23andMe quickly gained notoriety by providing private customers with health and ancestry information directly from their sequenced DNA, then, in 2013, it was stopped from providing health details by the FDA. Now it’s got the green light to resume.
23andMe made a name for itself selling DNA test kits, but today it announced a radical new direction: The company will start mining its huge database of DNA sequences to create new drugs. The science of how they could do that is fascinating—but it raises a lot of futuristic ethical questions too.
Fast Company has a profile on 23andMe, the de facto public face of genetic testing, that's worth a read just for the look at the underpinnings of the science. But there's a moment in there that teases out the gut punch that can come from that knowledge, and that's closely related to how genetic testing in sports might…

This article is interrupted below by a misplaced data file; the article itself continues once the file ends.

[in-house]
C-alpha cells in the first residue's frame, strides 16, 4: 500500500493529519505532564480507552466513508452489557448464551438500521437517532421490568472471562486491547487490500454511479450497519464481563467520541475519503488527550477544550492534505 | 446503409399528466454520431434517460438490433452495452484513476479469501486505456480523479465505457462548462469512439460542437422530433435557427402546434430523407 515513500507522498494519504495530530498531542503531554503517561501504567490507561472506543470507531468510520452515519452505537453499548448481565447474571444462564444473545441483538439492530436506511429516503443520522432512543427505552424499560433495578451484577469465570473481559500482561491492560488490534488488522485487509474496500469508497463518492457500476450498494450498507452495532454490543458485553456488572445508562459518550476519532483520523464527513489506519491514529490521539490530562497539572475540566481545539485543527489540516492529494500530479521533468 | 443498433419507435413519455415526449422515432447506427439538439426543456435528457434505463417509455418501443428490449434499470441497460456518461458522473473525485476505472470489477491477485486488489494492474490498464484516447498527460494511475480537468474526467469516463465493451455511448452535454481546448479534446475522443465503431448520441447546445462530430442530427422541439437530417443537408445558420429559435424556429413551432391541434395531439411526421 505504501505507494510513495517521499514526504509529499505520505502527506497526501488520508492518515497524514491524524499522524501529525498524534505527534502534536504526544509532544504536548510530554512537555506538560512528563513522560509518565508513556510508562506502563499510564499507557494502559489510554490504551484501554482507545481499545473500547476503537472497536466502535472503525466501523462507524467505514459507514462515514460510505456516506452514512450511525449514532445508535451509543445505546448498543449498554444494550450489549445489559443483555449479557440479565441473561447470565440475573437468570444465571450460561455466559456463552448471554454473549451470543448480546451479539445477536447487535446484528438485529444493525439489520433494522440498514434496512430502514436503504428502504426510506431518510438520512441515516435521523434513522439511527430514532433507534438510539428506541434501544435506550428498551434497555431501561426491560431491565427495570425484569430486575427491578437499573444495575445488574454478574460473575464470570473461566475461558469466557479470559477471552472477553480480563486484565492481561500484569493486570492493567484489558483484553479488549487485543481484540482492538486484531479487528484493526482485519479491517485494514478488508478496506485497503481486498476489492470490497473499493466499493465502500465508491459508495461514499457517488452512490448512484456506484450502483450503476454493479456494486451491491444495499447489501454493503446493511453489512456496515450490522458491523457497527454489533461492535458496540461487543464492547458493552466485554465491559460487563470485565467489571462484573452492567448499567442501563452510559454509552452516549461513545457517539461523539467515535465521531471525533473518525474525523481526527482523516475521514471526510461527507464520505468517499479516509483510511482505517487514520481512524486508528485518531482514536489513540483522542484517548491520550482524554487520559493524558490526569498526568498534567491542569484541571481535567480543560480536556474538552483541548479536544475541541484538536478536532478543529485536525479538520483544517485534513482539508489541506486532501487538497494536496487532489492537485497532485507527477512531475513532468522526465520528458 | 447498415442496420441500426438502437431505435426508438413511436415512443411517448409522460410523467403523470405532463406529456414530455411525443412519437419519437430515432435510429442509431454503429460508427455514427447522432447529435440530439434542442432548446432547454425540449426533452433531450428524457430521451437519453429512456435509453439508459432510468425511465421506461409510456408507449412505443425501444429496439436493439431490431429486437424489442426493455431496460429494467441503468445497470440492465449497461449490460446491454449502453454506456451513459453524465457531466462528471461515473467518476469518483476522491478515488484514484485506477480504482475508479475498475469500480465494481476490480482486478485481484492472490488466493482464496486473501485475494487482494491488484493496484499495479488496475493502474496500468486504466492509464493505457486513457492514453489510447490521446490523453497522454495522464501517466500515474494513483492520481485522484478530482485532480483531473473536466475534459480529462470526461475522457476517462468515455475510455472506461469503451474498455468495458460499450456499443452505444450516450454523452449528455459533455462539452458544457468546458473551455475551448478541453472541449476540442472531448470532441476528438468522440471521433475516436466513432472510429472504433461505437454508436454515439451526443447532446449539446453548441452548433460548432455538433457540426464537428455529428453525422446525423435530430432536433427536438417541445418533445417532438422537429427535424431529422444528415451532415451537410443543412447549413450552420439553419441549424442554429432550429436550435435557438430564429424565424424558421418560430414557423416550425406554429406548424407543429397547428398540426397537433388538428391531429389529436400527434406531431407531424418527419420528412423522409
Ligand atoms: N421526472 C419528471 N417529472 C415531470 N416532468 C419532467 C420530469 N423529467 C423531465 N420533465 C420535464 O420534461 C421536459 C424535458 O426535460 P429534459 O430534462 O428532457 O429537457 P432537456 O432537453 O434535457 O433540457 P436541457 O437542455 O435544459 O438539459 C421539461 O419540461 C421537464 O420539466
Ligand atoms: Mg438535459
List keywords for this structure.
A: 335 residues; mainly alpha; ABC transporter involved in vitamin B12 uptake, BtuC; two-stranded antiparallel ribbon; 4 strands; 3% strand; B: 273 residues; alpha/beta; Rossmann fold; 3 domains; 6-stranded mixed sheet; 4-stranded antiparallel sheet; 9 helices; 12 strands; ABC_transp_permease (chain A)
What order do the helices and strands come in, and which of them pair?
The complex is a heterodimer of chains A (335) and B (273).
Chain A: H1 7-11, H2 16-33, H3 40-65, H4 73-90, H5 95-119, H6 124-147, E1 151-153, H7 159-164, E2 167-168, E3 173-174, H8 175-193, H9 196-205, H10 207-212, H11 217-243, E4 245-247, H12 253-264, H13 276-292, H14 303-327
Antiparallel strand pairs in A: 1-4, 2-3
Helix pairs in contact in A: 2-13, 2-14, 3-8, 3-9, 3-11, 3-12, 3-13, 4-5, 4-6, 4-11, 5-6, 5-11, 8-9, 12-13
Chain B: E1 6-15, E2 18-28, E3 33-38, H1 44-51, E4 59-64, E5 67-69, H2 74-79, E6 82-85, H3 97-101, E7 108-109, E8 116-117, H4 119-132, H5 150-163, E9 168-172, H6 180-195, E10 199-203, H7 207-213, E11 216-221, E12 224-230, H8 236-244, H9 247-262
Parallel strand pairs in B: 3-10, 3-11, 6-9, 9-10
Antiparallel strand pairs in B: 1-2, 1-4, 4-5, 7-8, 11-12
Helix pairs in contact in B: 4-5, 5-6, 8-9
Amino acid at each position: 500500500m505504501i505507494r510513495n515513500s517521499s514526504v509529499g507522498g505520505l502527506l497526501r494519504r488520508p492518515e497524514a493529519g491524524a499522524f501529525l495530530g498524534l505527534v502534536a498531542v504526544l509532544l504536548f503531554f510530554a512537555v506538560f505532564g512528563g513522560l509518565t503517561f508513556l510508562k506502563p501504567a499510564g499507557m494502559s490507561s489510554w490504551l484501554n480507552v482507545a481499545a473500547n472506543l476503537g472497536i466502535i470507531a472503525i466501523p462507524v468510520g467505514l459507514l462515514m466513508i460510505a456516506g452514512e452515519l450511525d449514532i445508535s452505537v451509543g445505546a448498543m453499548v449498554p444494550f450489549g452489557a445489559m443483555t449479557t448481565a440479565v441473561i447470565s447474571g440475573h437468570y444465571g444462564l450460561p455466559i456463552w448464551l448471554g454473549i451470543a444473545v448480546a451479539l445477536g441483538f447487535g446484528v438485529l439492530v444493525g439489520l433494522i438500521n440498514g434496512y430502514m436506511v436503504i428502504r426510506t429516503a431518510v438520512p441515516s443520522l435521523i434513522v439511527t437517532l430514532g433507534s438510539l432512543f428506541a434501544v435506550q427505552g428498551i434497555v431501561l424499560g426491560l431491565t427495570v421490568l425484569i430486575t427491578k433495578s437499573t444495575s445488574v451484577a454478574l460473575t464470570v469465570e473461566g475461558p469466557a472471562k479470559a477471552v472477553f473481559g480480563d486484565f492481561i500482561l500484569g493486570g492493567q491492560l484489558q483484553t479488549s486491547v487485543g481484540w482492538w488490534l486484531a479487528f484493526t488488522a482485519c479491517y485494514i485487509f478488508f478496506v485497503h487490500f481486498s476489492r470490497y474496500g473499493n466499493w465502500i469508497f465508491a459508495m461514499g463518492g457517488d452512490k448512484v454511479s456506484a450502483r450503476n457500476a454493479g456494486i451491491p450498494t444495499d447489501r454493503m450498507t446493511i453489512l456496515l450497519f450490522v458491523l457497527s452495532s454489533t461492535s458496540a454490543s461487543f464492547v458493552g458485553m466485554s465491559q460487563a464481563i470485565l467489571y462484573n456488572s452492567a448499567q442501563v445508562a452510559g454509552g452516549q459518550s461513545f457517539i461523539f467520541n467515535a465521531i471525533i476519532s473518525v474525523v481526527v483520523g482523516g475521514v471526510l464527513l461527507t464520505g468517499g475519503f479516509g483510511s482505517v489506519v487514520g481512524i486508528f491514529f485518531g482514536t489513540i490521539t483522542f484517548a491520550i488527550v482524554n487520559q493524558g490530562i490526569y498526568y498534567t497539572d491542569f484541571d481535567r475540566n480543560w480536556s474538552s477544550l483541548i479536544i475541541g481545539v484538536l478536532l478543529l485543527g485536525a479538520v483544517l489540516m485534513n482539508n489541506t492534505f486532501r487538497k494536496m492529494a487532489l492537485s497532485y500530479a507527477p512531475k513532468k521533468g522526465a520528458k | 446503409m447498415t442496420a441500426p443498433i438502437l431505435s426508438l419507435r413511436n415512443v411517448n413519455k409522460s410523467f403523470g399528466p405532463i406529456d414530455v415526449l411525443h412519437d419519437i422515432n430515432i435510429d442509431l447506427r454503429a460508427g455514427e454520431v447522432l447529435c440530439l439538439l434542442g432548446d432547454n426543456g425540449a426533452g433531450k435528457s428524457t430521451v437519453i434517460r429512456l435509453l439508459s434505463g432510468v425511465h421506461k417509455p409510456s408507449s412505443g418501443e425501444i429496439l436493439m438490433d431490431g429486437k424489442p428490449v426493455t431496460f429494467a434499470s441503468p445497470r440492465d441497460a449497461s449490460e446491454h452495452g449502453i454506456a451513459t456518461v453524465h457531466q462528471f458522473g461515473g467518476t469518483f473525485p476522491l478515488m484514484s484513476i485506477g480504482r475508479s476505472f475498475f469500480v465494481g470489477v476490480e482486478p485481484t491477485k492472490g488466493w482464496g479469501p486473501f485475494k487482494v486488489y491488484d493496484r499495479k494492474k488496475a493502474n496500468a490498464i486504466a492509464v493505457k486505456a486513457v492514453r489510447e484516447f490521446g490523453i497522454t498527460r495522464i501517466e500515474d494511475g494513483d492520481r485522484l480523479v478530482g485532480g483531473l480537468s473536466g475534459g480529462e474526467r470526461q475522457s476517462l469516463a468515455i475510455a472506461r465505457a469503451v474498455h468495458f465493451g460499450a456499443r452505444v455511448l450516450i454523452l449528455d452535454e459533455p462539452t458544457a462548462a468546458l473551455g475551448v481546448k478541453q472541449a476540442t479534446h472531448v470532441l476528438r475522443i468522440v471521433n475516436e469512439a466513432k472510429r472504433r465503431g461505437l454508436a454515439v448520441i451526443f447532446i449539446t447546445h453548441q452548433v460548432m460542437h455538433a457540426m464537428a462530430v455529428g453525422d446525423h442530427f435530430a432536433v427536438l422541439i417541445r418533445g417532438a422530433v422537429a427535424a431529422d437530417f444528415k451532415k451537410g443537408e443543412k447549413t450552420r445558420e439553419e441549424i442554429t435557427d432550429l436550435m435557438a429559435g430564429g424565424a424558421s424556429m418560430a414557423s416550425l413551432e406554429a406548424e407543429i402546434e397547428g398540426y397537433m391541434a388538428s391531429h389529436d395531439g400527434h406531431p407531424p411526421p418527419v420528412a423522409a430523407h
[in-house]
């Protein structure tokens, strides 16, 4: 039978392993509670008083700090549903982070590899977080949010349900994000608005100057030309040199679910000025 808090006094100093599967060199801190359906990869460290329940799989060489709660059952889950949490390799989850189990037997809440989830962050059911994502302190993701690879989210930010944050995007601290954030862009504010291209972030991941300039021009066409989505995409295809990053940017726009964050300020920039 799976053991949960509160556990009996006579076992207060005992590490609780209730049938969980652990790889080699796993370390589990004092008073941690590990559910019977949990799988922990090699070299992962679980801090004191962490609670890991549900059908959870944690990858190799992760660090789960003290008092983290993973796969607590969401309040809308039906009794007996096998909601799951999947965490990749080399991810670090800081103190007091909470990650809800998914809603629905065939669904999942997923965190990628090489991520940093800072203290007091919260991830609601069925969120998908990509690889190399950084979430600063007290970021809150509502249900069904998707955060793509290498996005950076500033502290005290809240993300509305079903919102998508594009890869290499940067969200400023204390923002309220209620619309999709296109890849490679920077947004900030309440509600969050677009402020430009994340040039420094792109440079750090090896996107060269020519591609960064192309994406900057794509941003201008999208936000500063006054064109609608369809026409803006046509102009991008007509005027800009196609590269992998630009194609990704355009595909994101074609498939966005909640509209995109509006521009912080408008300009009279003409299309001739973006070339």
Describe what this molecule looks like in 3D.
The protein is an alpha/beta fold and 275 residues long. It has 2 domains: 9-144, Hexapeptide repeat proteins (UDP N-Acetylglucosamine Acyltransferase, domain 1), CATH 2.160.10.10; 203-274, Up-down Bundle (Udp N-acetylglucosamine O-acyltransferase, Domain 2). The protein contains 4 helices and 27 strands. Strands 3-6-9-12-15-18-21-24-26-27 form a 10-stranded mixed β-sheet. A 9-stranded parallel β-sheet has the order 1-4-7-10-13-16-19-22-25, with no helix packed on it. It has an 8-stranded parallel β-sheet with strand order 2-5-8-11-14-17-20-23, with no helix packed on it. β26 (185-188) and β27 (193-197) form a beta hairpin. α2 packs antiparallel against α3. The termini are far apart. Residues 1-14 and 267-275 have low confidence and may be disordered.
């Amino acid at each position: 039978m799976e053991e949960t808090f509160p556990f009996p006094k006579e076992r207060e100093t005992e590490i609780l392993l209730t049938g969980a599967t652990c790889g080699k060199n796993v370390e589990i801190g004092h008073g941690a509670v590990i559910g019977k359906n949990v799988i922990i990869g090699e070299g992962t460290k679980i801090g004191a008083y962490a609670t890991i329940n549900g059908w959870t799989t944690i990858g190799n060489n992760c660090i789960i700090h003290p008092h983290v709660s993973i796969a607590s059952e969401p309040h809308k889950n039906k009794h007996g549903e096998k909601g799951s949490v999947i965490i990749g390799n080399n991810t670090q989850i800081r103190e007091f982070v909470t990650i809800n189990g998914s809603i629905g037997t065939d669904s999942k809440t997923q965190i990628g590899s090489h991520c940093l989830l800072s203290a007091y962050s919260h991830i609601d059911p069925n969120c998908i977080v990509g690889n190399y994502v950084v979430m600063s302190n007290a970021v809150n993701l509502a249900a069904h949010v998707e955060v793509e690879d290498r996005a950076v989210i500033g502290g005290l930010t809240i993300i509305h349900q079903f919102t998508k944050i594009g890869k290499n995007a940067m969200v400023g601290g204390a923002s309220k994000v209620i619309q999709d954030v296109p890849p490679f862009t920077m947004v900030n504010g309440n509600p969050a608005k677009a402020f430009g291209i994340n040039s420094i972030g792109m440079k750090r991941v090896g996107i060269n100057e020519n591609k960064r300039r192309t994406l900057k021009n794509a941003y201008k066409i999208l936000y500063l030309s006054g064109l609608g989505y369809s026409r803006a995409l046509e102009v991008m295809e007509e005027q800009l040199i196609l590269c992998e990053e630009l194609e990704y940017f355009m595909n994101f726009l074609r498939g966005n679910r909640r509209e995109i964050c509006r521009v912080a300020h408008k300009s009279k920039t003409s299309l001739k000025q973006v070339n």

Genetic testing has taken off in recent years. Companies like 23andMe and Medcan are finally allowing people to get their DNA tested so that they can better understand their genetic lineage and determine if they're prone to certain diseases. Now all this sounds good in theory — but what if your genetic tests yielded…
Walgreens plans to sell genetic testing kits for the first time in brick and mortar stores, but the FDA thinks this shift from labs/internet to pharmacy may be too much too fast.
At the advice of many medical experts, I'm leaving the following article, in which I'll discuss my personal probabilities of disease based upon my genetics, unsigned.